I am currently Vice Chair and Head of Production for the production/directing program in the UCLA School of Theater, Film and Television. Taking on the Vice Chair position has proven challenging to the completion of my second feature August In Berlin but it is now fully finished, and I am beginning to look at festival strategies. My first feature 16 to Life was just picked up for a second six-year distribution contract with Gravitas Ventures, a terrific company that sold the film to Warner Brothers Digital and many on-line platforms. I am at work on the screenplay for my next feature. I hiked Patagonia in December, with only a still camera and my Penguin copy of In Patagonia in hand. The final stop was a week in Peru, to visit Cusco and Machu Picchu, then back to LA to begin Winter Quarter at UCLA.
Class of 1983
My indie doc about the death penalty In the Executioner’s Shadow is hovering at the finish line. We are working on music, sound design, and raising money to clear rights to archive footage. If you know anyone who cares deeply about criminal justice reform and has some funds available, let us know! It’s a powerful, personal film. Many thanks to all of you who have already lent your support!
Class of 1974
I am coming out with the second of my Sherlock Holmes trilogy for HarperCollins. Unquiet Spirits: Whisky, Ghosts, Murder (A Sherlock Holmes Adventure) is set in the South of France and the Highlands of Scotland. It will hit UK bookstores in late July and US in September. It follows my first Victorian-era Holmes thriller, Art In the Blood and continues the adventures of the great detective and his friend Dr. Watson.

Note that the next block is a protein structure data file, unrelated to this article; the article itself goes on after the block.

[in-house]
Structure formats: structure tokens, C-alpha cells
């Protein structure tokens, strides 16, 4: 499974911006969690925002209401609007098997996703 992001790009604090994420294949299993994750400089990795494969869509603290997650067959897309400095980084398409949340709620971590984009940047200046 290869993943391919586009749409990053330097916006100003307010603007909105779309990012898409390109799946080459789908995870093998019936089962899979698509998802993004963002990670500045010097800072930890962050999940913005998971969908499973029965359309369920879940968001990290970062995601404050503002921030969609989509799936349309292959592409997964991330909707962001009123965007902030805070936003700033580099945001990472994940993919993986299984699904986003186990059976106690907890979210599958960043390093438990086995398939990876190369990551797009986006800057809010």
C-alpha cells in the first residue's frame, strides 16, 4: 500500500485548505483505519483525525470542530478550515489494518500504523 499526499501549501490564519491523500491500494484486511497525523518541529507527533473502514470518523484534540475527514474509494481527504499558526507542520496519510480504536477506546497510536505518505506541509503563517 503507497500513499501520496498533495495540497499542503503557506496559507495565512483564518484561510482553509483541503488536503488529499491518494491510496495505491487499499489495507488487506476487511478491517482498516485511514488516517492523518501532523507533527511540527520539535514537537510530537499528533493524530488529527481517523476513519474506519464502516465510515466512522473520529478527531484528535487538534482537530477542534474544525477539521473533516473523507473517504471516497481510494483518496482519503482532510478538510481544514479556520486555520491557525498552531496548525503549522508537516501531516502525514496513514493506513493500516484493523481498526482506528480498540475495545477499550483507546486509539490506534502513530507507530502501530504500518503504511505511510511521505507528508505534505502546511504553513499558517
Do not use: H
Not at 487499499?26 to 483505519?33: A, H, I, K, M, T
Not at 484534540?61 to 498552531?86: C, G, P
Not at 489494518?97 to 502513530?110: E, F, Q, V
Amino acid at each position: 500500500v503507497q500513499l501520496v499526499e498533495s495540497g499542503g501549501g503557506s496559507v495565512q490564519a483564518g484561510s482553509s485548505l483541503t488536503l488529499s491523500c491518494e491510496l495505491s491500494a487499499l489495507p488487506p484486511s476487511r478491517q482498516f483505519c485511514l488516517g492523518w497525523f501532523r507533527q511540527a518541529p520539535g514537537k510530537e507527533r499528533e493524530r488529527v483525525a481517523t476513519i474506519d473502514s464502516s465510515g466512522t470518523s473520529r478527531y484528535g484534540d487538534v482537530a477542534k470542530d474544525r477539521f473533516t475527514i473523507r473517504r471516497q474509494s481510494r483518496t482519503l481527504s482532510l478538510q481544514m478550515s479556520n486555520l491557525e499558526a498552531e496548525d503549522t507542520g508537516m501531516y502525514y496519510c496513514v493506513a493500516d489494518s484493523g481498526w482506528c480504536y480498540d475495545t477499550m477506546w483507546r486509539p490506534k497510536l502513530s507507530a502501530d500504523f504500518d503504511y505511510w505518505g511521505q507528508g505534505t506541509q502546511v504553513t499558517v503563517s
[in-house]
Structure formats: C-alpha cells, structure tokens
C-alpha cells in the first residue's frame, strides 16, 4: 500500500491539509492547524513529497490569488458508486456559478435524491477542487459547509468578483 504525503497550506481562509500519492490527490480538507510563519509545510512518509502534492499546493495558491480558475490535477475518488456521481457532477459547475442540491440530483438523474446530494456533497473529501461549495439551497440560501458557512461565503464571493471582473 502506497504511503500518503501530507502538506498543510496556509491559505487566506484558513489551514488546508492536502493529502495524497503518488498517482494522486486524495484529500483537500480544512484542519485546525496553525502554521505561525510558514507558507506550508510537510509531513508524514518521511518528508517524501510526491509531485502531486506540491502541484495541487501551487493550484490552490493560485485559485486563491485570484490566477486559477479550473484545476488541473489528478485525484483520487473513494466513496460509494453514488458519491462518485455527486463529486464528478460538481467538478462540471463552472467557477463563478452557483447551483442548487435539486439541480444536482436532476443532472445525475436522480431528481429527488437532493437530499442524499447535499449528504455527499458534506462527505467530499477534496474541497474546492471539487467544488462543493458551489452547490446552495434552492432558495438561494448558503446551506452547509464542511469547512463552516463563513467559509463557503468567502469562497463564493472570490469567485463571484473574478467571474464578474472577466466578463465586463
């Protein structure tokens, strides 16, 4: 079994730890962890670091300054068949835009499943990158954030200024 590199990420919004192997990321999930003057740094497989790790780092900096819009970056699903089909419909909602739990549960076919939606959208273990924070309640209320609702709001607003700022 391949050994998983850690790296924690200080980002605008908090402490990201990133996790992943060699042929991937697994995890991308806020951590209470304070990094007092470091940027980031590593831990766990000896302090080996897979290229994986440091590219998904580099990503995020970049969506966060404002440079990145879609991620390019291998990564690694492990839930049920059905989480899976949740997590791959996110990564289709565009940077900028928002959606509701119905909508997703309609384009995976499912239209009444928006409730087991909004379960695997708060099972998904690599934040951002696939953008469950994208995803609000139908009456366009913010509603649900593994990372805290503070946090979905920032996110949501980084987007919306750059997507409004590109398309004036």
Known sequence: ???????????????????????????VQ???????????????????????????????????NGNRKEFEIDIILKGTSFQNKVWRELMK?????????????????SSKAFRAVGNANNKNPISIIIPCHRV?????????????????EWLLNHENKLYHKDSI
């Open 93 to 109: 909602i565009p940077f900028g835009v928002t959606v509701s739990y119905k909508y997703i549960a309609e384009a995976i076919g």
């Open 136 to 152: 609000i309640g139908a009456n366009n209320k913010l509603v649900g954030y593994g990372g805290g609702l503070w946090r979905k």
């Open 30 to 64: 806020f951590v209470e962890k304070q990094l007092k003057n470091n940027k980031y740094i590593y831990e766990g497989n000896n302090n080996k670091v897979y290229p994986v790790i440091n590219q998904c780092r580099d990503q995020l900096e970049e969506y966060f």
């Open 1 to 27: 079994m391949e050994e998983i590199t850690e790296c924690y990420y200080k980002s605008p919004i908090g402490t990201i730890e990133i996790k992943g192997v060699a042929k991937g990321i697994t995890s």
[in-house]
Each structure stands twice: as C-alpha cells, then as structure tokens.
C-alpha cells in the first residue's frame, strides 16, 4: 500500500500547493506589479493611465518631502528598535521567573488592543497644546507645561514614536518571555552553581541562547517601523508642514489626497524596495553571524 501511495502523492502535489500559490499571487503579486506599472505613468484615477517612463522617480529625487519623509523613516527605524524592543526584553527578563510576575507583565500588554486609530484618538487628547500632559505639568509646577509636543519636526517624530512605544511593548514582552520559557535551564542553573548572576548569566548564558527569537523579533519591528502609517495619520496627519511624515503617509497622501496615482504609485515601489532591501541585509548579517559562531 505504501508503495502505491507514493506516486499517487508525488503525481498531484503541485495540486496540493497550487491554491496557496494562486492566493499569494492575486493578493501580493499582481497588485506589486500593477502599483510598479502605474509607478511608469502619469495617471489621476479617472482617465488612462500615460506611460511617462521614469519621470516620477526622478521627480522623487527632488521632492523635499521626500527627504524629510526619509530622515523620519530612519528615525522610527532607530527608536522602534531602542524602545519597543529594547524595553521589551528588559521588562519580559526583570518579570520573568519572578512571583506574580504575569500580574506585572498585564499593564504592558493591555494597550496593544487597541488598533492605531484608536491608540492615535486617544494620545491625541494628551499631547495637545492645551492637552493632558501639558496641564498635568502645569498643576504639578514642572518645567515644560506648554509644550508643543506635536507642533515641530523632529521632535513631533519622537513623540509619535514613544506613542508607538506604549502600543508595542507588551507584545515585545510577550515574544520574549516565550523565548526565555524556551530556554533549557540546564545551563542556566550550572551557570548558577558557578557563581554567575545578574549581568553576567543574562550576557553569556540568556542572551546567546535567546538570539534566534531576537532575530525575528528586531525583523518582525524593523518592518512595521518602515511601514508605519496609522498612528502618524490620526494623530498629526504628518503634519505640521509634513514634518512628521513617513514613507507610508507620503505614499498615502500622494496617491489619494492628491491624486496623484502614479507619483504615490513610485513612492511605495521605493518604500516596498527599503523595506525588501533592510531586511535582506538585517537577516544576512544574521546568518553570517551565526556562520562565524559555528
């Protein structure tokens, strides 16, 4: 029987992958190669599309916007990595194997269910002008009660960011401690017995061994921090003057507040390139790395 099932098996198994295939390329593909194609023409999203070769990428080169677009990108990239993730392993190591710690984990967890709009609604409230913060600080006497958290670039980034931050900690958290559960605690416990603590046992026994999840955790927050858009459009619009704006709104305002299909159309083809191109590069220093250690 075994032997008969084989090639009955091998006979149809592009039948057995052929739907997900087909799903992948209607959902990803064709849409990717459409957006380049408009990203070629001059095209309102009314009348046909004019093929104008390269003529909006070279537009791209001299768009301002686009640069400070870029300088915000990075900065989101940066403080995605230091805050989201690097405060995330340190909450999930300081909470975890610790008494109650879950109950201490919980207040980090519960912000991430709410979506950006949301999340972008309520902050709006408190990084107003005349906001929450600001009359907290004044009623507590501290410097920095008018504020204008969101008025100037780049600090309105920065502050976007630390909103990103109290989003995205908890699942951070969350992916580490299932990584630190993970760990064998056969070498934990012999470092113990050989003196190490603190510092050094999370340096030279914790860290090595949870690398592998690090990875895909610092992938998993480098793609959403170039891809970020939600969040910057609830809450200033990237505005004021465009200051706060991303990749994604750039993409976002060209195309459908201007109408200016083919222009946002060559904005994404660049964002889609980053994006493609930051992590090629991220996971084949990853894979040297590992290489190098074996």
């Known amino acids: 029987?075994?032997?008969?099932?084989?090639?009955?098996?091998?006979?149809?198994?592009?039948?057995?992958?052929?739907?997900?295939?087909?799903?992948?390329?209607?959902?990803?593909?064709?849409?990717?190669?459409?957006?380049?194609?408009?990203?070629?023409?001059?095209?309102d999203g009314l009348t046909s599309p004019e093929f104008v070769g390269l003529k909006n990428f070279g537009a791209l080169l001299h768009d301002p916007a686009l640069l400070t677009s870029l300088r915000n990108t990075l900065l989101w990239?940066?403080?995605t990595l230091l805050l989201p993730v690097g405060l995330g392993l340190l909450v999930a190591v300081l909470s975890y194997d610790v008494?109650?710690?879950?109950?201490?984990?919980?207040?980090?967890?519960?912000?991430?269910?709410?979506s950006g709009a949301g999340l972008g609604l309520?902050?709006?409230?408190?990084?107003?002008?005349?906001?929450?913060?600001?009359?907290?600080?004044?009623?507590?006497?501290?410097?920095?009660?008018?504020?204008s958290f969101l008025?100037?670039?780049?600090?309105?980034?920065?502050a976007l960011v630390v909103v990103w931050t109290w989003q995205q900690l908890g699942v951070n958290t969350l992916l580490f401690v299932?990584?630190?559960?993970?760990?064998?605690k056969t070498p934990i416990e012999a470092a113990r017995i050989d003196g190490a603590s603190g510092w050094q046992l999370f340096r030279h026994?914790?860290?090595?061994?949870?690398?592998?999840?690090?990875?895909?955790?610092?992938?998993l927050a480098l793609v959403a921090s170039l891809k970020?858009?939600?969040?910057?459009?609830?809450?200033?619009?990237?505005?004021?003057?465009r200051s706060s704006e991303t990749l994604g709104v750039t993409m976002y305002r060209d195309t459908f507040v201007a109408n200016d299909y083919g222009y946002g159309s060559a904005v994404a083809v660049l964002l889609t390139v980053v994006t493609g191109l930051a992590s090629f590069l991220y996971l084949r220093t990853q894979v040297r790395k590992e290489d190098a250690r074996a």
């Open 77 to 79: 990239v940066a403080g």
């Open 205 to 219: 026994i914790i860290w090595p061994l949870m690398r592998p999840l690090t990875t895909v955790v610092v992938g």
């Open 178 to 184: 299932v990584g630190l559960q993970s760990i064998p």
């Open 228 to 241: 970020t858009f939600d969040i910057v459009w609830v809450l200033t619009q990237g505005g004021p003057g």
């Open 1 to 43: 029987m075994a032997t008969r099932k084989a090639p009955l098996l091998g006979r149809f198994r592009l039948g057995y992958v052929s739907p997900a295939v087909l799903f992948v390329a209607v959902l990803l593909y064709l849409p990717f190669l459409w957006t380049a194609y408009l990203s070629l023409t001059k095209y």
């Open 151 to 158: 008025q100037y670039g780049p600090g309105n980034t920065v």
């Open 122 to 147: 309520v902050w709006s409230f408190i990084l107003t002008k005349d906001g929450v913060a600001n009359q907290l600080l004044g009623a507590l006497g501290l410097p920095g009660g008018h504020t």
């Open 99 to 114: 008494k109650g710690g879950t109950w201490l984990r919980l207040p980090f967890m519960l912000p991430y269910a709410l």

Class of 1973
Pelican Dreams was translated into 16 languages and is out there on Netflix in lots of countries, including the U.S. I finished a short sequel, Morro’s Dream, which is the true finale to the pelican movie, last fall. Dark Circle and Cormorants in the Crosshairs were both shown at the recent San Francisco Green Film Festival. Dark Circle, 35 years old and still relevant (sadly!), was screened in 35mm to a nice crowd at the Roxie Theater on April 23rd. It’s being remastered at Fotokem (on film and digital formats) and will be re-released in this new Trump age of nuclear saber rattling.
I received my MA from the Film and Broadcasting program, then a part of the Department of Communication, in 1973, then worked as a freelance cinematographer for more than 40 years in the Bay Area. Much of my career was spent shooting for technology companies and medical companies, though I did also shoot a lot of musical performances and a couple of independent features.
The only time during those decades when I was not freelance occurred in the mid-80s, when I was the staff Director of Photography at One Pass Film and Video in San Francisco for six years.
I retired from my career as a cinematographer in 2015. Since then, I’ve been writing. I published my first book, a memoir, Showdown at Shinagawa: Tales of Filming from Bombay to Brazil, in 2013. I have had a number of book talks, events, and readings, and I taught Advanced Cinematography at San Francisco State for 12 years. I would love to do a book talk with current film and video students about the rewards and trials of pursuing a freelance career in the business.
Here’s more about Showdown at Shinagawa:
"Bill Zarchy’s new book tells true stories from his long career as a director of photography, working on film and digital cinema shoots across the U.S. and all around the world—Japan, India, China, Uganda, the Philippines, New Zealand, France, Singapore, England, Taiwan, Mexico, and Brazil.